The new blood donation units are part of Hamad Medical Corporation’s preparations for major international events that Qatar will host.
Three new mobile blood donation units are set to appear around Doha and will join three already-existing stations attached to the Blood Donor Centre at Hamad Medical Corporation (HMC), the institute confirmed.
The new units are part of the HMC’s preparations for major international events expected to be hosted in Qatar, including the upcoming FIFA Arab Cup later this year and the FIFA 2022 World Cup next year.
Major expansions in medical and health facilities across Qatar have meant that the demand for blood is estimated to increase, with the new sophisticated units expecting to provide essential support to the rise in numbers.
HMC’s Blood Donation Centre said it will continue to hold various awareness programmes to encourage people to donate blood.
Qatar has been 100 percent self-sufficient in blood supply for the last 10 years thanks to thousands of regular blood donors in the country according to Medical Director of the Blood Donor Centre at HMC Siddiqa Al Mahmoudi.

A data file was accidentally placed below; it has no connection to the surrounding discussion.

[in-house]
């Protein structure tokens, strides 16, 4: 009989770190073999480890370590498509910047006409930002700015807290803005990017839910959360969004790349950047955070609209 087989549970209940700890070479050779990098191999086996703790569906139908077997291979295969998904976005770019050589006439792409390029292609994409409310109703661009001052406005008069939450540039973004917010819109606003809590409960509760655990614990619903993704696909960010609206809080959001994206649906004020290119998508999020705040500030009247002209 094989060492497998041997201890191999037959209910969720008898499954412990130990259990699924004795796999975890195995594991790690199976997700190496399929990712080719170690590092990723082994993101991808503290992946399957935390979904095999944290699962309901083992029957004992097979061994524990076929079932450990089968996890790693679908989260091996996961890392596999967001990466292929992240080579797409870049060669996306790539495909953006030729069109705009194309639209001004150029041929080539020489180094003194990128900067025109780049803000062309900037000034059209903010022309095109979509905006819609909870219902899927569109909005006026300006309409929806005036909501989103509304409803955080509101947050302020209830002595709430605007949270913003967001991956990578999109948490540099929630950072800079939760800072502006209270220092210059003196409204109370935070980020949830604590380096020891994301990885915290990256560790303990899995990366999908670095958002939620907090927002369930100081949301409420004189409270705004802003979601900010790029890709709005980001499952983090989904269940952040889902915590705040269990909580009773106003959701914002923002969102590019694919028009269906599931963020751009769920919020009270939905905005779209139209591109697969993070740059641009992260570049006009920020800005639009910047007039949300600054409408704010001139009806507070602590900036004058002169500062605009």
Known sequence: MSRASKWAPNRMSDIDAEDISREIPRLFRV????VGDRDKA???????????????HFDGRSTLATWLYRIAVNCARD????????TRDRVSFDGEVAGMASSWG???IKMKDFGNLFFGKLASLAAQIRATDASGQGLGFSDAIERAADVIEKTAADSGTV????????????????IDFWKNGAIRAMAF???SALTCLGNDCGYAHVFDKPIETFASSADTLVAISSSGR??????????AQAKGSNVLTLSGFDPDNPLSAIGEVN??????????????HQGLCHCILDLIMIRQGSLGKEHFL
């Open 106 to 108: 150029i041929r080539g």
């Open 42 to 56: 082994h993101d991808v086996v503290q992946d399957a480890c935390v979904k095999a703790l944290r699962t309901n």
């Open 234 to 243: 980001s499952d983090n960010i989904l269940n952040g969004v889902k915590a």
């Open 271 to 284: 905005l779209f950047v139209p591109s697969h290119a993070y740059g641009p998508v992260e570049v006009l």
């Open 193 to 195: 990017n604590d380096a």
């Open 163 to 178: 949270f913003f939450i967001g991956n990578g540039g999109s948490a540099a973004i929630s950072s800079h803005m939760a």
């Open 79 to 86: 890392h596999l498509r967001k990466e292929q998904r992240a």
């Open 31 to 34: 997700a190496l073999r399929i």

Voluntary blood donation meets 100% of Qatar’s needs, the highest rate in the region.
The country’s blood services receive an average of 150-250 blood units from volunteer donors daily, the senior official said, adding that over 21,000 volunteers have registered since the beginning of the year.
Al Mahmoudi said that donors are the country’s biggest pillars, with most donating blood on a regular basis to help save thousands of lives.
During weekdays, the blood department receives more than 150 blood units from Qatar’s community. On the weekend, the number can double, reaching up to 300 units.
Qatar has stopped importing blood since 1987, relying only on voluntary donors to provide safe and secure blood supply.
Blood donation requirements
In Qatar, those aged between 18 to 60 years are eligible to donate blood. Those wishing to do so must be fit and healthy on the day of donation, and weigh 50 kg and above.
Potential donors must also have haemoglobin levels of at least 13g/dl for males and 12.5g/dl for females.
Upon arrival at the unit, donors must notify the unit about any ongoing medications. Those who are anaemic, have hypertension or are dependent on insulin cannot donate blood. Other diseases that prevent donation include any chronic heart, lung, or circulatory illnesses.
Pregnant, lactating, or menstruating women cannot donate. Donors must not have donated blood for the past eight weeks.